As an extrovert who loves talking and interacting with people, living in the small, Japanese town of Shimonoseki at age 23 – without a shred of foreign language skills — was not an easy experience. There many times when, sitting alone at home in my 1-room, 6-tatami-mat apartment, I wondered what in the heck I was doing here. What ultimately got me through it all was 1) talking to friends on the phone 2) reading aerograms from my family (yes, this was pre-internet!), and 3) watching Sumo Digest. What’s that last item, you ask? Well, Sumo Digest was the 30-minute, late-evening summary of the day’s sumo tournament. Generally speaking, I’d fast forward through the lower-level matches to get to the top ranked bouts – ozekis vs. ozekis and yokozunas vs. yokozunas. Yokozunas were the cream of the crop, the grand champions; ozekis and sekiwakes were a step below, but still really good. I was a particular fan of a guy name Chiyonofuji who, unlike the other wrestlers, was NOT fat. Barrel-chested, yes. Strong as an ox—absolutely. Movie-star handsome, yep. He also had the best hair.

Once you get into it, sumo is a brilliant sport to watch, with tons of technique and finesse to admire. It’s also enormously popular in Japan and hard to get live tickets for. Luckily, you can go see sumo wrestlers train, year round, in a particular Tokyo neighborhood: Ryogoku. There you’ll find a variety of “stables” that allow visitors to come in and watch the big boys practice.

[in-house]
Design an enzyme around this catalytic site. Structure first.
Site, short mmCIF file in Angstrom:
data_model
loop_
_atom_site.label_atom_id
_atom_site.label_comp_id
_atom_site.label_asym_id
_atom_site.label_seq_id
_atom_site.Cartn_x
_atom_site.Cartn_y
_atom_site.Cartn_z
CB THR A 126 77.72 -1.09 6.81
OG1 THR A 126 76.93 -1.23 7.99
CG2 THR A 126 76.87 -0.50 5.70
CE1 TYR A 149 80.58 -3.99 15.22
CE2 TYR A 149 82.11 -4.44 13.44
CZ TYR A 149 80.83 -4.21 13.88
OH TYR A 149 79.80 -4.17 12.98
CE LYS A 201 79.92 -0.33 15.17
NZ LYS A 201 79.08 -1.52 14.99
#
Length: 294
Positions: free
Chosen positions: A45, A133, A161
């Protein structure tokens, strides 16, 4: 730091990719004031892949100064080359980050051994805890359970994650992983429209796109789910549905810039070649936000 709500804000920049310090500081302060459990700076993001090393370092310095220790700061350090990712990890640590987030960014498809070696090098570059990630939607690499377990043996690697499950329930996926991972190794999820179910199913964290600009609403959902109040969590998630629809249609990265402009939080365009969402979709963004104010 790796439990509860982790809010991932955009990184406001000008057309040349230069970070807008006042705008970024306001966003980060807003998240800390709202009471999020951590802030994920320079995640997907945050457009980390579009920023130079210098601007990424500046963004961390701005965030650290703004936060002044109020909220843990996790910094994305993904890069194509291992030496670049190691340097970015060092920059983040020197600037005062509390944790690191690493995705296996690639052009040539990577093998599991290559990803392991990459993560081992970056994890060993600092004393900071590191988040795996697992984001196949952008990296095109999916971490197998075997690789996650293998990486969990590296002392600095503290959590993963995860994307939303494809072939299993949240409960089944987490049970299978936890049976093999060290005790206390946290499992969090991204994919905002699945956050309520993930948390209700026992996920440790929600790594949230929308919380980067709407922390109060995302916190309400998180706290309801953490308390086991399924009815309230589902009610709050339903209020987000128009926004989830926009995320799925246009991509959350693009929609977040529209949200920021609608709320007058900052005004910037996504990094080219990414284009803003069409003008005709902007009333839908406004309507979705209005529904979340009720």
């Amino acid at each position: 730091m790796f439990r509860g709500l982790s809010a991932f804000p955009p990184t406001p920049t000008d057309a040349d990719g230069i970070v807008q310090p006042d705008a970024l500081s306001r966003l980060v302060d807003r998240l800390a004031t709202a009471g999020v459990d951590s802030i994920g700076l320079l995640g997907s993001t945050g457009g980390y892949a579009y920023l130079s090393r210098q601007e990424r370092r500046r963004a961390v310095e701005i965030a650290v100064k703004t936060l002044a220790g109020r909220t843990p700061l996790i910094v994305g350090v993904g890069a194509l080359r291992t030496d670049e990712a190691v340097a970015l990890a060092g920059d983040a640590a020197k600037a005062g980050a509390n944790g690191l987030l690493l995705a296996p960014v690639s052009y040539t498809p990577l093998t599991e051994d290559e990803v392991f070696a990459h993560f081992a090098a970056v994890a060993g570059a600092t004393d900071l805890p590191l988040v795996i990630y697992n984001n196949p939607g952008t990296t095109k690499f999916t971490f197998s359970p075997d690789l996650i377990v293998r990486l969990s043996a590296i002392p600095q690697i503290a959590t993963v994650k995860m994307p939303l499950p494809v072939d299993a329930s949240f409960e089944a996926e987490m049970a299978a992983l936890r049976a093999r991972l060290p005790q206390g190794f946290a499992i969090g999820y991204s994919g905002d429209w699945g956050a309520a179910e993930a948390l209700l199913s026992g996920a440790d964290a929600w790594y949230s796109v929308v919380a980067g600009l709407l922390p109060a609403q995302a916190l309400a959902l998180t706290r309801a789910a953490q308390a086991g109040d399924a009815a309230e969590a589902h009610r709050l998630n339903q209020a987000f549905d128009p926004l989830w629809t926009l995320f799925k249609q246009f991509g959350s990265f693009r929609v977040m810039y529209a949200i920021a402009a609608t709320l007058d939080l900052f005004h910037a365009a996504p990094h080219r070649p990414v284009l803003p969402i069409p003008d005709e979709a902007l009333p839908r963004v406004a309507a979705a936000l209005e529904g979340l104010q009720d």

The day that Yumiko and I visit Ryogoku, we’re lucky enough to visit Chiyonofuji’s stable. Chiyo is incredible. Short in stature, he looks fairly puny when going against 500-pound behemoths like Konishiki, the Hawaiian-raised wrestler who was the first foreigner to reach ozeki status. Chiyo’s claim to fame was the way he could pick up these blubbery freight trains and throw them over his head like rag dolls. If you’ve never seen Chiyonofuji in action, watch a video of him on YouTube. Incredible. Nothing that dramatic happens in his stable while we’re there, however. Just lots of wrestling drills with a touch of ritual. It’s pretty entertaining stuff, and very Japanese.

Afterwards, we go to a nearby restaurant with a sumo theme. The tables are actually within the confines of a sumo pitch, and the food is primarily chanko nabe, the thick, savory soup that the sumo wrestlers eat to strengthen/fatten themselves up. Think miso soup with meat, tofu and vegetables – and more meat. Although that restaurant no longer seems to exist, I understand there are other similar places in the neighborhood, including Hananomai Sumo Restaurant, where you can watch simulated matches while you eat. Chunkos on the stage, chanko nabe in your bowls—what more can you ask for?

(What’s your obscure hobby or passion? What’s the thing you enjoy doing that most everyone in your life thinks is crazy? It’s probably not sumo, to be sure, but whether it’s bocce ball, making starships from Leggo or baking sourdough bread, embrace your weirdness. In the end, people are too busy with their own lives to care much what you’re up to. You be you.)